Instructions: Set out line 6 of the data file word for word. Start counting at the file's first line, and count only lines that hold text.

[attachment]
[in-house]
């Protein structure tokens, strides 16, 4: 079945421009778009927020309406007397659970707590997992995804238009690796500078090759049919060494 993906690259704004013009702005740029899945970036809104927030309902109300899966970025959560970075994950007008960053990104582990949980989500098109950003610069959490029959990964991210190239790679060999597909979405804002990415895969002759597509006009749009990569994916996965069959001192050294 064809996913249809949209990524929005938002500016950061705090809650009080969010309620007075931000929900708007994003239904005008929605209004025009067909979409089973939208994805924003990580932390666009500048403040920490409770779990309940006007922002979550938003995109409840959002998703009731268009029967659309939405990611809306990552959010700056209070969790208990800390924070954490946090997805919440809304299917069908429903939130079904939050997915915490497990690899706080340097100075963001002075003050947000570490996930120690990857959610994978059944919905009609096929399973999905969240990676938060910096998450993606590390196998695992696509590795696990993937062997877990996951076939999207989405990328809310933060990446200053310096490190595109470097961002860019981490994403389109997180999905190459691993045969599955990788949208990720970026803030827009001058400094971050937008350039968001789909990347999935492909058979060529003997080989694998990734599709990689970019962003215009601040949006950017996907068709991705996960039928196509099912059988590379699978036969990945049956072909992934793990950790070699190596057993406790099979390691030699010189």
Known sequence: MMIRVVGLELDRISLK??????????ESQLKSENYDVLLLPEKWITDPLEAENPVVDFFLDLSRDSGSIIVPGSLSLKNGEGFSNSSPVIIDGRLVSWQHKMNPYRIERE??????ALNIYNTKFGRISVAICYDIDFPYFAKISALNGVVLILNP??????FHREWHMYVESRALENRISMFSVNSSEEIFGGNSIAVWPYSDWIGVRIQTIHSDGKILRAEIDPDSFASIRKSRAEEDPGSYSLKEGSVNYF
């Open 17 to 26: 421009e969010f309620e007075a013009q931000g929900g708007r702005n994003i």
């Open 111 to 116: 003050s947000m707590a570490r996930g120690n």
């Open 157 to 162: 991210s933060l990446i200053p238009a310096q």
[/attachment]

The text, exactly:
């Open 157 to 162: 991210s933060l990446i200053p238009a310096q």